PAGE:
This is the fourth in the exclusive first series of FA Cup Memories from all across the football spectrum.
Every day from May 1st, 2020, a new set of FA Cup memories will be published via this FACupFactfile blog and today is the turn of a legend in the world of Non-League football and perhaps the biggest QPR fan on the planet.
SERIES ONE, No. 4
Connection to the world of Football: Football reporter for talkSPORT Radio and Sky TV
Tony is far more than a ‘football reporter for talkSPORT Radio and Sky TV’ as he is also affectionately known as ‘Mr Non-League’. Despite never missing a Queens Park Rangers home match for 40 plus years, Tony has also managed to watch more than 5,000 other matches whilst visiting more than 2,300 other grounds across the world.
First memory of the FA Cup: Tony says, “When I was a kid growing up in the 1970s, FA Cup Final Day was the biggest day of the year. Apart from the England versus Scotland game and an end of season England Schoolboy international at Wembley, it was the only football match screened live.
So I would get up early and sit in front of the television all day from 9am watching the extensive FA Cup Final build up – switching to and fro from BBC1 Grandstand presented by Frank Bough to ITV World of Sport hosted by Dickie Davies.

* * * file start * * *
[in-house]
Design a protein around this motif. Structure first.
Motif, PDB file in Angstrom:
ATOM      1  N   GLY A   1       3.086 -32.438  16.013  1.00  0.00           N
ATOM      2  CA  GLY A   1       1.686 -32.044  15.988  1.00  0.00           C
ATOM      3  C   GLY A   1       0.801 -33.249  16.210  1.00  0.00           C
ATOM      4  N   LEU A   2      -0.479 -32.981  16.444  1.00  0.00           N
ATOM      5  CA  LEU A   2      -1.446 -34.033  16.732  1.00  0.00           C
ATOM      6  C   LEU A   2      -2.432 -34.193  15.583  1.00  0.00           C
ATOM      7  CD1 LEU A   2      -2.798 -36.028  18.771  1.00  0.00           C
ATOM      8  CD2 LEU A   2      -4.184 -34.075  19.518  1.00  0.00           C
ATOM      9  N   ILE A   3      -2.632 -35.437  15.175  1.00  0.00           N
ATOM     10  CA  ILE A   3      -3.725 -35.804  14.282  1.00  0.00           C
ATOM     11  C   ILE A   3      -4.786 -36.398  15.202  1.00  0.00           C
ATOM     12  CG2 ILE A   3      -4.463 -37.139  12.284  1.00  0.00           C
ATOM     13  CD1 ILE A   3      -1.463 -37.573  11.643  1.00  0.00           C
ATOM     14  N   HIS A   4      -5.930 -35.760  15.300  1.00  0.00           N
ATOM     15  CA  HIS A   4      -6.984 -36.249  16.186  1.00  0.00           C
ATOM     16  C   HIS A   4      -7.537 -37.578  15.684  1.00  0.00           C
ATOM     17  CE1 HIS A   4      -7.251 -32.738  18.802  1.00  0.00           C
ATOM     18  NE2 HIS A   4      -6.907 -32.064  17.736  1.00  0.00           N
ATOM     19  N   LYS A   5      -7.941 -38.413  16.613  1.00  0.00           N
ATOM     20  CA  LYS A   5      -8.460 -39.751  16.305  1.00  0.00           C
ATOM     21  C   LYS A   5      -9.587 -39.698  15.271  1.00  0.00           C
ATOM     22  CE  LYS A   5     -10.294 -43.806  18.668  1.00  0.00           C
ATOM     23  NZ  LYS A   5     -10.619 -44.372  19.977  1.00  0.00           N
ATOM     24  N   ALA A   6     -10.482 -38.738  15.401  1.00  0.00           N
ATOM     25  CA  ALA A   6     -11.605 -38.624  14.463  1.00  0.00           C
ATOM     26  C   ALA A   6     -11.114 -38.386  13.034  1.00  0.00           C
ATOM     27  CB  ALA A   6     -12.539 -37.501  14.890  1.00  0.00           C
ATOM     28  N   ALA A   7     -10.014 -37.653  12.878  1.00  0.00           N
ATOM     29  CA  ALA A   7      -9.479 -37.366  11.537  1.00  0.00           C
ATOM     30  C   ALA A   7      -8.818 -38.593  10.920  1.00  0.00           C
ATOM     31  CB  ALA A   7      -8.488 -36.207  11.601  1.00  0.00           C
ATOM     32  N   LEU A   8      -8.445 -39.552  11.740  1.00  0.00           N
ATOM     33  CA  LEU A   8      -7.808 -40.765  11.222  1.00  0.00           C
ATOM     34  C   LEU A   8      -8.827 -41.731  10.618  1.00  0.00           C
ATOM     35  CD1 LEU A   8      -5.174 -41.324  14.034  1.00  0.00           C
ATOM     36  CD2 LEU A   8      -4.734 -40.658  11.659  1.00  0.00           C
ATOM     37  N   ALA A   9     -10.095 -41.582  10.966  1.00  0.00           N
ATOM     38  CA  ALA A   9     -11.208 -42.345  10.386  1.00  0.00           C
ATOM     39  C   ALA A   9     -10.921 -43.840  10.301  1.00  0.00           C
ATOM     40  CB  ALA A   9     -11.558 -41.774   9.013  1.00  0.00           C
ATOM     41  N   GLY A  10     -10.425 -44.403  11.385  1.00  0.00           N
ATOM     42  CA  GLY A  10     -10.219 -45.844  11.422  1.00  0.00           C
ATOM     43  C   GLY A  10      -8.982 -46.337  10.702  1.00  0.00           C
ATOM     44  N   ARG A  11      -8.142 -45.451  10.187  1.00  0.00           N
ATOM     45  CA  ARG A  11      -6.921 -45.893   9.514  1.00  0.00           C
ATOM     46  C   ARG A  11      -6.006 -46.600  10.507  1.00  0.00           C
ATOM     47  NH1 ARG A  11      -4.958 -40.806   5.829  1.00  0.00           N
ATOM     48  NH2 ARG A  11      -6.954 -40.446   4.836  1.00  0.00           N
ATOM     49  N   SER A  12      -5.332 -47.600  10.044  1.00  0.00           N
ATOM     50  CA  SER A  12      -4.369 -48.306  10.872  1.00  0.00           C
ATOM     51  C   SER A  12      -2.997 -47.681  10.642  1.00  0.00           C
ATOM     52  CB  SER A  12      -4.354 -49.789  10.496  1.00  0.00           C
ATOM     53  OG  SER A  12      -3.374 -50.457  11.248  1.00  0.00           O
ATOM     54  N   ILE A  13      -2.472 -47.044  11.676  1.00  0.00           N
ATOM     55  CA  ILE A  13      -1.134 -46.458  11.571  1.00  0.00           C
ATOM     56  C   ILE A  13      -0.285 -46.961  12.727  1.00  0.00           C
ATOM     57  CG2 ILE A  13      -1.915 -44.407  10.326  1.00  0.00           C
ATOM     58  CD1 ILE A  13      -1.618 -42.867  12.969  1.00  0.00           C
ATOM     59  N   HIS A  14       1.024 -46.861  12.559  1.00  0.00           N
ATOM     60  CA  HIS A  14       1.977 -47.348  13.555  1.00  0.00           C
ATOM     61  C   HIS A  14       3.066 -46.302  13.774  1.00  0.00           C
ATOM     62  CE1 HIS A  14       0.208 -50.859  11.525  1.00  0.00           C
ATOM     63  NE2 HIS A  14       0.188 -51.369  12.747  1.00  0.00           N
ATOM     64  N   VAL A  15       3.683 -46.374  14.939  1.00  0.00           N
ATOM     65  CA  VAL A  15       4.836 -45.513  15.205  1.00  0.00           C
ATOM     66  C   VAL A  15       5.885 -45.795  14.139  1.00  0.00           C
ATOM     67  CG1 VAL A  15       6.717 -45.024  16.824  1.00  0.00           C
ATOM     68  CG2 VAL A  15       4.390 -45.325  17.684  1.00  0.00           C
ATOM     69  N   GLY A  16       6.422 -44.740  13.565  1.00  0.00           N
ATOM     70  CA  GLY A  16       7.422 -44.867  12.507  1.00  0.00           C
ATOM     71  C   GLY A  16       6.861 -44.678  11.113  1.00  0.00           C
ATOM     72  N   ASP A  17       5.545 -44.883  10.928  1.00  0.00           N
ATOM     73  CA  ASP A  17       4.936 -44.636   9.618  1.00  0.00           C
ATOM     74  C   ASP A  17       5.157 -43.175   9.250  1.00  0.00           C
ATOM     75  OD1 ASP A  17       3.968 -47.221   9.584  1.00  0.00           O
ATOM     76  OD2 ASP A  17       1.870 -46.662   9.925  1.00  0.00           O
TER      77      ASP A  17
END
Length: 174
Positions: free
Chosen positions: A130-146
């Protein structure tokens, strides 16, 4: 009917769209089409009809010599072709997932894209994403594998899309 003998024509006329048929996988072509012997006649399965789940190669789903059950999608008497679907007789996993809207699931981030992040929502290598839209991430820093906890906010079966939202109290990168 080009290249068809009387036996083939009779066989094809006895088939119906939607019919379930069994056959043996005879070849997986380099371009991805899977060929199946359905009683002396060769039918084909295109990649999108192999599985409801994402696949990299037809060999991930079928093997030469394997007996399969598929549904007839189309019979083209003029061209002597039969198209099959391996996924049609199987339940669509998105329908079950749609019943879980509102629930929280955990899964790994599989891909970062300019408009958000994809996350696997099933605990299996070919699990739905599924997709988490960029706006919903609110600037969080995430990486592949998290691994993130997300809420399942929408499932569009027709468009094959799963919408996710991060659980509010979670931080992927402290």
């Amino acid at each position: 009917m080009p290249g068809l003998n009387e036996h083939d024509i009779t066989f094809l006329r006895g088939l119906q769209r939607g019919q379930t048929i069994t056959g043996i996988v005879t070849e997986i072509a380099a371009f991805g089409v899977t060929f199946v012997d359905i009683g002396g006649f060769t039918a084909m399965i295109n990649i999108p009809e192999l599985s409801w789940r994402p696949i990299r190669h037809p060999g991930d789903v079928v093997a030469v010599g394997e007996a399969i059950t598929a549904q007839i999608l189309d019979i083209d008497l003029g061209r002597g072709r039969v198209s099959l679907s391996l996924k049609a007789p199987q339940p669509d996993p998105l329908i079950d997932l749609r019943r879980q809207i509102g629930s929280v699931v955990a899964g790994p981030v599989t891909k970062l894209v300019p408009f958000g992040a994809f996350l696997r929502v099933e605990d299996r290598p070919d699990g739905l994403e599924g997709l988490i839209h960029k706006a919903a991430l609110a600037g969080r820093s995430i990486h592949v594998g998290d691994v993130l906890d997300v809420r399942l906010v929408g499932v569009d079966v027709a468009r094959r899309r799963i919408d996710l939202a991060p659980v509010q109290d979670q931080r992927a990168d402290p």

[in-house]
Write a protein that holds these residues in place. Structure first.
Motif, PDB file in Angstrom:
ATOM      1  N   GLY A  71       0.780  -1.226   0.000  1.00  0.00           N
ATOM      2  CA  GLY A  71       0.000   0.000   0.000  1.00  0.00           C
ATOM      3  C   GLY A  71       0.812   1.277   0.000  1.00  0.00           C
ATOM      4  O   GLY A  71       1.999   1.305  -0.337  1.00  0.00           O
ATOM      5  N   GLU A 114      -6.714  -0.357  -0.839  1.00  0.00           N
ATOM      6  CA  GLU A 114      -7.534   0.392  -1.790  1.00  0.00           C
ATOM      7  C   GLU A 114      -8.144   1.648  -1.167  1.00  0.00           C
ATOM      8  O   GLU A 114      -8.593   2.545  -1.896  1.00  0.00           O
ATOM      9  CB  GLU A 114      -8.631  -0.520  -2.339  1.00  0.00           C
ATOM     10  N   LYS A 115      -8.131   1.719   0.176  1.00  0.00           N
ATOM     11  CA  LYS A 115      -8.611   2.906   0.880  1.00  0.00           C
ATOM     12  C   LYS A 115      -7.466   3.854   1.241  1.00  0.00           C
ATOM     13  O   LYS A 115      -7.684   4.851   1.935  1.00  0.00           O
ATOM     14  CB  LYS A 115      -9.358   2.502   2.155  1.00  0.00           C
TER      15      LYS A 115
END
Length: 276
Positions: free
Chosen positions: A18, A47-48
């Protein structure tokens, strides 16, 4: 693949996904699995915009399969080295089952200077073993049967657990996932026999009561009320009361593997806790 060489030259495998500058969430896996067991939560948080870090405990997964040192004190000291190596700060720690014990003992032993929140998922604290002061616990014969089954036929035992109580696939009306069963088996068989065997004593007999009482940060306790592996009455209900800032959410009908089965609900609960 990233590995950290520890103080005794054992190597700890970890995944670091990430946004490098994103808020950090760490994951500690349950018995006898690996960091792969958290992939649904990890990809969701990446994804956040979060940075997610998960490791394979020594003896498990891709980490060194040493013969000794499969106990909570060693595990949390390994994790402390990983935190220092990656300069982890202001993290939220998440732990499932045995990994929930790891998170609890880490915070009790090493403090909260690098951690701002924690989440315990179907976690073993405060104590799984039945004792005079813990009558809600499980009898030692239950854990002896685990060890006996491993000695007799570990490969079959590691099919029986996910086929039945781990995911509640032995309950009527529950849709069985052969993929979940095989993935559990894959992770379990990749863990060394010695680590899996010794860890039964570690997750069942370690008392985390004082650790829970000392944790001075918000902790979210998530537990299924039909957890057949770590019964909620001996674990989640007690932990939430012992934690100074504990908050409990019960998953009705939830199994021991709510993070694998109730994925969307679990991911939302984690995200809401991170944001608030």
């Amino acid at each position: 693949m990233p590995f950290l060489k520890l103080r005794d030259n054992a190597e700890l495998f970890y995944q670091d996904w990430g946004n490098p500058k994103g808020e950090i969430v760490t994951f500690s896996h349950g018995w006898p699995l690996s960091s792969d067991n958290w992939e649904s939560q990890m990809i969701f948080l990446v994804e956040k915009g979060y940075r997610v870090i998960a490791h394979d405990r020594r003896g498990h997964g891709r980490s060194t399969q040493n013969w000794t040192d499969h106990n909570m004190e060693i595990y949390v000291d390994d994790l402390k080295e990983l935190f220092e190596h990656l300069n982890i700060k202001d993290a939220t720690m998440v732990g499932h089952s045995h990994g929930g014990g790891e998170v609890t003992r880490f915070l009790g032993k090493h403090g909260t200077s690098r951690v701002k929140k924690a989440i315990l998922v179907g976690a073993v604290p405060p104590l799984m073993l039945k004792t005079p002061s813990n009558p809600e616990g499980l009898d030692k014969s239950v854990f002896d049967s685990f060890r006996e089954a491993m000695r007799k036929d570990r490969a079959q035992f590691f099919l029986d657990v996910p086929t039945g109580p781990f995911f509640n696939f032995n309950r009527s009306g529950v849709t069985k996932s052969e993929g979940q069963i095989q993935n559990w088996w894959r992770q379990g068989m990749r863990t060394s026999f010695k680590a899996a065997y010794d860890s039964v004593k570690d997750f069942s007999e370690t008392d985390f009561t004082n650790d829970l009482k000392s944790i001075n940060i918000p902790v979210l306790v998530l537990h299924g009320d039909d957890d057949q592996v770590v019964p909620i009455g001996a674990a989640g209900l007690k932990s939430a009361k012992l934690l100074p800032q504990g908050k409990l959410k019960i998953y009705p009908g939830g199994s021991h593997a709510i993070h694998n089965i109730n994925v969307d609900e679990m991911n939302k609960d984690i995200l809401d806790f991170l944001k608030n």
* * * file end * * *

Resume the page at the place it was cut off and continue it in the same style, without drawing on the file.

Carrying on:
The TV cameras would show: The teams at their hotels having breakfast, goals from the ‘Road to Wembley’, Cup Final songs by both clubs, Cup Final ‘It’s A Knockout’, Meet the players’ wives, Cup Final ‘Question of Sport’, the teams on their coaches travelling to Wembley with helicopters overhead tracking their journeys, players interviewed on the pitch in their suits before the game, and ‘Abide With Me’ sung before kick-off.
There would be home-made banners made from bed sheets on the old Wembley terraces. My favourite concerned Manchester United striker Stuart Pearson: ‘Jesus Saves But Pearson Nets The Rebound’.
A 3pm kick-off with live commentary by David Coleman on BBC1 and Brian Moore on ITV. Coleman’s best line was “Keegan 2, Heighway 1, Liverpool 3 Newcastle none” in 1974. Goals from the Scottish Cup Final at half-time and full-time, and post-match interviews with the winning players drinking from bottles of milk
After watching all of that, I would race out into the back garden to re-enact the FA Cup Final goals with a plastic football.”
Tony has an obvious affection with the FA Cup, with positive memories so deeply ingrained in his mind he can reel off not just one or two early memories of watching the FA Cup, but a whole day’s worth.
It’s difficult to imagine nowadays, with live football on TV almost 24/7, that the FA Cup Final and the day itself was a special event the whole country participated in, and stopped for! The build-up to the match was as important as the match itself.
Tony’s memories immediately evoke similar memories of my own, and I’m sure that’s the same for many football fans of a certain generation. That connectivity between watching the FA Cup Final and then trying to re-live it by recreating it immediately afterwards is something young kids did up and down the country. And it was always a glorious day weather-wise, wasn’t it, which certainly helped.
Favourite memory of the FA Cup: Tony says, “’THEY will be dancing in the streets of ___’ is a well-worn and totally inaccurate cliché after a team pulls off a famous football win. It is absolutely ridiculous to imagine supporters actually dancing in the streets. Or is it?